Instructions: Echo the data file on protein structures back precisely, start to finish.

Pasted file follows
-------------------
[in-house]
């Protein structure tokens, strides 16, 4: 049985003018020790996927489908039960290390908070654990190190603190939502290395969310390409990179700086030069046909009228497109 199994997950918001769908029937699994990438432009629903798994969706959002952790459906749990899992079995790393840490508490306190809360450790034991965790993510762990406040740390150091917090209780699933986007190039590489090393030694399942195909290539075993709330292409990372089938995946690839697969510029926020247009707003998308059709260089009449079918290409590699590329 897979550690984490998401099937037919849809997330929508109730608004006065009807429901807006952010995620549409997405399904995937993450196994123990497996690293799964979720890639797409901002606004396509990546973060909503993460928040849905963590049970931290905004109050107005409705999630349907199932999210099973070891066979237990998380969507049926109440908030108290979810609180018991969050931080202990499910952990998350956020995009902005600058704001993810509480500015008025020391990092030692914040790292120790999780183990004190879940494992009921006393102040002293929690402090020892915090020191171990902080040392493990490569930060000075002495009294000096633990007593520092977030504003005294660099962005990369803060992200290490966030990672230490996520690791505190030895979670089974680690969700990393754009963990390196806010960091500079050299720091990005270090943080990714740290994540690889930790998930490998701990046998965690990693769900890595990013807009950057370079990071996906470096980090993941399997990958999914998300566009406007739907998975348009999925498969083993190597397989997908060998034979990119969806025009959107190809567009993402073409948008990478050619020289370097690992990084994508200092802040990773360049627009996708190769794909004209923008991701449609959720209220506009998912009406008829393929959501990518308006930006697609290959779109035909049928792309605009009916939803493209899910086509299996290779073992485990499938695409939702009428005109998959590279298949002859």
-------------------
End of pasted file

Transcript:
[in-house]
């Protein structure tokens, strides 16, 4: 049985003018020790996927489908039960290390908070654990190190603190939502290395969310390409990179700086030069046909009228497109 199994997950918001769908029937699994990438432009629903798994969706959002952790459906749990899992079995790393840490508490306190809360450790034991965790993510762990406040740390150091917090209780699933986007190039590489090393030694399942195909290539075993709330292409990372089938995946690839697969510029926020247009707003998308059709260089009449079918290409590699590329 897979550690984490998401099937037919849809997330929508109730608004006065009807429901807006952010995620549409997405399904995937993450196994123990497996690293799964979720890639797409901002606004396509990546973060909503993460928040849905963590049970931290905004109050107005409705999630349907199932999210099973070891066979237990998380969507049926109440908030108290979810609180018991969050931080202990499910952990998350956020995009902005600058704001993810509480500015008025020391990092030692914040790292120790999780183990004190879940494992009921006393102040002293929690402090020892915090020191171990902080040392493990490569930060000075002495009294000096633990007593520092977030504003005294660099962005990369803060992200290490966030990672230490996520690791505190030895979670089974680690969700990393754009963990390196806010960091500079050299720091990005270090943080990714740290994540690889930790998930490998701990046998965690990693769900890595990013807009950057370079990071996906470096980090993941399997990958999914998300566009406007739907998975348009999925498969083993190597397989997908060998034979990119969806025009959107190809567009993402073409948008990478050619020289370097690992990084994508200092802040990773360049627009996708190769794909004209923008991701449609959720209220506009998912009406008829393929959501990518308006930006697609290959779109035909049928792309605009009916939803493209899910086509299996290779073992485990499938695409939702009428005109998959590279298949002859």